Gamescom 2017, Part 2: Public Area, Hall 9

The next public area to explore on the Gamescom 2017 venue, Hall 9, was all about the big names in the gaming industry, but it had a few indie surprises as well.

I still remember writing about the public areas in 2013, which was quite an endeavor with Part 1, Part 2, Part 3, Part 4, and Part 5 taking up much time, in addition to all the press appointments. So this is a different approach, going through the halls in the order I visited, and it will hopefully give you some good impressions of everything that could be seen and played.

First up was Nintendo, and unlike previous years it wasn’t possible to simply try out games without waiting at least an hour or two, which was a shame, as Mario + Rabbids Kingdom Battle was a highly anticipated turn-based strategy title with a very fun presentation. Just looking at all the Rabbids in Nintendo clothes was enough to raise a smile or two.

This definitely wouldn’t be the last time that I took a picture with the raving Rabbids, and there was an even bigger figurine waiting, but in Ubisoft territory.

Nintendo’s focus was on reiterating on its franchises, with improved Switch versions of Wii U titles like Pokemon Tekken DX or Splatoon 2 being no surprises. However, Super Mario Odyssey seemed to do things differently, placing Mario in the real world. Personally I was more excited about the 3DS game Metroid: Samus Returns, although waiting queues prevented me from trying it out myself.

Next stop was Deep Silver, with one very special person just getting ready for giving autographs: the great Yu Suzuki. He wasn’t only responsible for classic arcade games like Hang-On, Space Harrier, Out Run, and After Burner, but also for one of SEGA Dreamcast’s biggest hitters, Shenmue. Shenmue III will still take some time to materialize, but being able to see Suzuki in person, even if from afar, was awesome enough.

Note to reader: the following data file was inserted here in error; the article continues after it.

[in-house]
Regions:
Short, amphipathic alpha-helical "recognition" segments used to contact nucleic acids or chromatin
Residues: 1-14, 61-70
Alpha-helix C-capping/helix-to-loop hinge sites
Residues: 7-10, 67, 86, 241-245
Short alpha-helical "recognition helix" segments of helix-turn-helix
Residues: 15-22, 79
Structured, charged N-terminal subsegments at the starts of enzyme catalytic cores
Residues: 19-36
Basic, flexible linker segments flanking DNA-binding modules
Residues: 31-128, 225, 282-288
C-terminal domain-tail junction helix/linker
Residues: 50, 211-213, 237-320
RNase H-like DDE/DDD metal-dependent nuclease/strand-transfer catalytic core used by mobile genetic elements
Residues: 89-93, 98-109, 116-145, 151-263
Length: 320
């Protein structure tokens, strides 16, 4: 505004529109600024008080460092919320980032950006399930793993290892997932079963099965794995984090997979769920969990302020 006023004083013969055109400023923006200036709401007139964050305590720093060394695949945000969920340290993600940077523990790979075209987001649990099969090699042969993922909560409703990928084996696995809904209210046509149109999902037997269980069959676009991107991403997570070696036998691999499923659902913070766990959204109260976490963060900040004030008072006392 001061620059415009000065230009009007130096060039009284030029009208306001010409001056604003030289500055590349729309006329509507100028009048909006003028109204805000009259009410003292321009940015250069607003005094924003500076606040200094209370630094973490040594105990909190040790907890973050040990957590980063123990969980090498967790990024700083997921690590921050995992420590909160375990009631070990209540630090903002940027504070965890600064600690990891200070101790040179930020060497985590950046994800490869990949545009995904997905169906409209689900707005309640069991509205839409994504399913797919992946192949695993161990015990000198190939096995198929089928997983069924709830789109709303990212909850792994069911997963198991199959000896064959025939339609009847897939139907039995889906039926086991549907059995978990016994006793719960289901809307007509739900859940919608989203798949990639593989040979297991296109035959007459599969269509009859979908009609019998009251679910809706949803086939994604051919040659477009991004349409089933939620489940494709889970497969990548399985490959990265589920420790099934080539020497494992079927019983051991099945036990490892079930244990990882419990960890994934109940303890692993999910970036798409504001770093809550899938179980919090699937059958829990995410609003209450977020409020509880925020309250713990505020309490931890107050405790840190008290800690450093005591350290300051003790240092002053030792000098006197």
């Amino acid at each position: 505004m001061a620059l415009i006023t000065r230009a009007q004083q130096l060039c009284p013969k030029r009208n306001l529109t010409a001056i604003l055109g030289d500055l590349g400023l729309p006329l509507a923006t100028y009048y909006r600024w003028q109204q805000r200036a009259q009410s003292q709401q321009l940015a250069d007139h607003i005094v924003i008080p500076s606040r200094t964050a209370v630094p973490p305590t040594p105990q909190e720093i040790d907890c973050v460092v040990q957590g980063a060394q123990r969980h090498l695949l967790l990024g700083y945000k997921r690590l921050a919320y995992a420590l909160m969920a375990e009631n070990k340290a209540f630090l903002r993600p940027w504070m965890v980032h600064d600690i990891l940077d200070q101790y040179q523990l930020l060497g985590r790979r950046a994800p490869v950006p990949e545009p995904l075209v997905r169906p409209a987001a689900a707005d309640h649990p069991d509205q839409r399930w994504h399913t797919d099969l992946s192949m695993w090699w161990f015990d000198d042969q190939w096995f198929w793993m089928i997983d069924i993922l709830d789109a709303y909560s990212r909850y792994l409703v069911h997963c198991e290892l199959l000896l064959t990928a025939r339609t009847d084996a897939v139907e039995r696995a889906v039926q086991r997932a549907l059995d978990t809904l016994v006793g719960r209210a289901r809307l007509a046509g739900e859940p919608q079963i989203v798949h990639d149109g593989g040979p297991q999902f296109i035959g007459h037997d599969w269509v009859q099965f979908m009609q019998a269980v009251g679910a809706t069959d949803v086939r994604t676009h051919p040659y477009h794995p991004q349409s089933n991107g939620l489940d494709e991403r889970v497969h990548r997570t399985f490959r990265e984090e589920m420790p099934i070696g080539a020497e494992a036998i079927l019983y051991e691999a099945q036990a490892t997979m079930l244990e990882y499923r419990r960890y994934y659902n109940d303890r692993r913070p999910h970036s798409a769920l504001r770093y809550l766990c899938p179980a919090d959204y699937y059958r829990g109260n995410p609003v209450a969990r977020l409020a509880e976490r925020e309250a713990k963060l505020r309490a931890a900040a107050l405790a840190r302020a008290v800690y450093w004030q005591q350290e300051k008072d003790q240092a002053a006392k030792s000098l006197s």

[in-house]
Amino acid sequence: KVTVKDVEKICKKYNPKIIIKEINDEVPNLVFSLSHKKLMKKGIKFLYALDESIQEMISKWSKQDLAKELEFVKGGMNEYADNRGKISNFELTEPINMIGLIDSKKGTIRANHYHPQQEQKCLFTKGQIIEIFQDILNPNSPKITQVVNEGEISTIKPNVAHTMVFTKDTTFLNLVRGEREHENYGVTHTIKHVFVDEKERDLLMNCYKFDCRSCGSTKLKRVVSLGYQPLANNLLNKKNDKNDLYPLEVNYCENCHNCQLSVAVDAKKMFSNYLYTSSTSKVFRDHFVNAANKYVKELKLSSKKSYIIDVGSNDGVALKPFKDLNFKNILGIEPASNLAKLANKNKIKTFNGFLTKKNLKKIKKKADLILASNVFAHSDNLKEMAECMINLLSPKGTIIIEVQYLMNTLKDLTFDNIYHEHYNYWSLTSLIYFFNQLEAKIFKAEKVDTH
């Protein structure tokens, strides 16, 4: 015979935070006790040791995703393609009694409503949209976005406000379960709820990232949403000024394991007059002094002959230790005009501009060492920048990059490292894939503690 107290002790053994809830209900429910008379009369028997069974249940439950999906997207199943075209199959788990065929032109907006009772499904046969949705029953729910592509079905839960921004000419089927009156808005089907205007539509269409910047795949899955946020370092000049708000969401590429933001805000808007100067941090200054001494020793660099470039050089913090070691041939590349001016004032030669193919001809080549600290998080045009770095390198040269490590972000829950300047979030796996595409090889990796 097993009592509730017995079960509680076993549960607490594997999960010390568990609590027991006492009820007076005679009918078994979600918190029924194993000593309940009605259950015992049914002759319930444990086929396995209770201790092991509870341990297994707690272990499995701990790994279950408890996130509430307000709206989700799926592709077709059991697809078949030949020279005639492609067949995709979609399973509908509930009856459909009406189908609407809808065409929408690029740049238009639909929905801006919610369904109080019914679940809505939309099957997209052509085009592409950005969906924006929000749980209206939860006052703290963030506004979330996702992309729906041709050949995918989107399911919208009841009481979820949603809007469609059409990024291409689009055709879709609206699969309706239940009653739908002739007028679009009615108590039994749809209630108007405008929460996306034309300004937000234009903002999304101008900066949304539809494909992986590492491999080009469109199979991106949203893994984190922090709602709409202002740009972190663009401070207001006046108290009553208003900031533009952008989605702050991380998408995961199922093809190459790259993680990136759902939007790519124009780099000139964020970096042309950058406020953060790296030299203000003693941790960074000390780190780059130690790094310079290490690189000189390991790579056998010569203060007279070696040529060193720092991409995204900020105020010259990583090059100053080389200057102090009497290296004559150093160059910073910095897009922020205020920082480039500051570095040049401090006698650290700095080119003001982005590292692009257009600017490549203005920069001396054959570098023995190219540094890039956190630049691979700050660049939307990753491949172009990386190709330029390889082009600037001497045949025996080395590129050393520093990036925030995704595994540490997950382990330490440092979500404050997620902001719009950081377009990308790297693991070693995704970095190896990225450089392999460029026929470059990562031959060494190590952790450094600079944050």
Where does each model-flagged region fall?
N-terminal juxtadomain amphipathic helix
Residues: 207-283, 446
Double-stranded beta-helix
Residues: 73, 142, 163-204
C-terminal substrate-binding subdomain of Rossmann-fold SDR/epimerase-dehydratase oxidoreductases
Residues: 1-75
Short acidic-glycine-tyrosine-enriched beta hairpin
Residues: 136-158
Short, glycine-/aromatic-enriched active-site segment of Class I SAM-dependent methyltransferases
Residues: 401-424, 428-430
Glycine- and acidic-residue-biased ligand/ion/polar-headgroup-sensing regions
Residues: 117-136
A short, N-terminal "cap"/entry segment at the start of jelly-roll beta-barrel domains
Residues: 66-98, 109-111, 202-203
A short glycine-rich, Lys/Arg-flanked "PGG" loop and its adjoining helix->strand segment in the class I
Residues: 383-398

Deep Silver had many games on offer, and despite not being able to see or play any of them, there was something for everyone. Sonic Forces, Total War: Warhammer II, Yakuza 0 were established brands, while Agents of Mayhem, Kingdom Come: Deliverance, and Ark: Survival Evolved offered something different for fans of the Saints Row series, historians and dino lovers.

Square Enix proudly looked back at a long history of JRPGs in the form of Final Fantasy titles, as a whole wall of fame illustrated the series’ development. This meant that Final Fantasy IX: Remastered and Final Fantasy X: Remastered fit the portfolio quite well. I played both for a bit, as I remembered finishing them back in the PS1 and PS2 days and having a lot of fun with the classic and newer gameplay. While the HD graphics weren’t real eye-openers and couldn’t hide the fact that animations couldn’t be much improved and that the English voice acting was still less from perfect, the atmosphere with a great score made it worth-while and should make them essential purchases for those who haven’t experienced the games. Final Fantasy XII: The Zodiac Age and Dissidia Final Fantasy NT also looked great, if rather familiar for obvious reasons.

Final Fantasy IV: Online was still a big deal and had a lovely Eorza Grill location where one could sit down and relax for a bit.

Final Fantasy XV was an even bigger franchise event, as it offered VR and mobile versions to please every platform owner.

Fortunately if one wasn’t a fan of Final Fantasy, there was enough to get excited about, e.g. Life is Strange: Before the Storm, the prequel to a much-praised storytelling experiences I still have to review (after my second playthrough), Battalion 1944, and Lost Sphear, the latter of which had a fantastic soundtrack and a pretty European-style setting to walk through. The in-game text summarized my current status, though: “My back and my knees are killing me”.

An even more exciting proposition, especially for indie fans, was what the Square Enix Collective had on offer, e.g. Oh My Godheads or Deadbeat Heroes, two titles I would have loved to play, if it weren’t for the queues.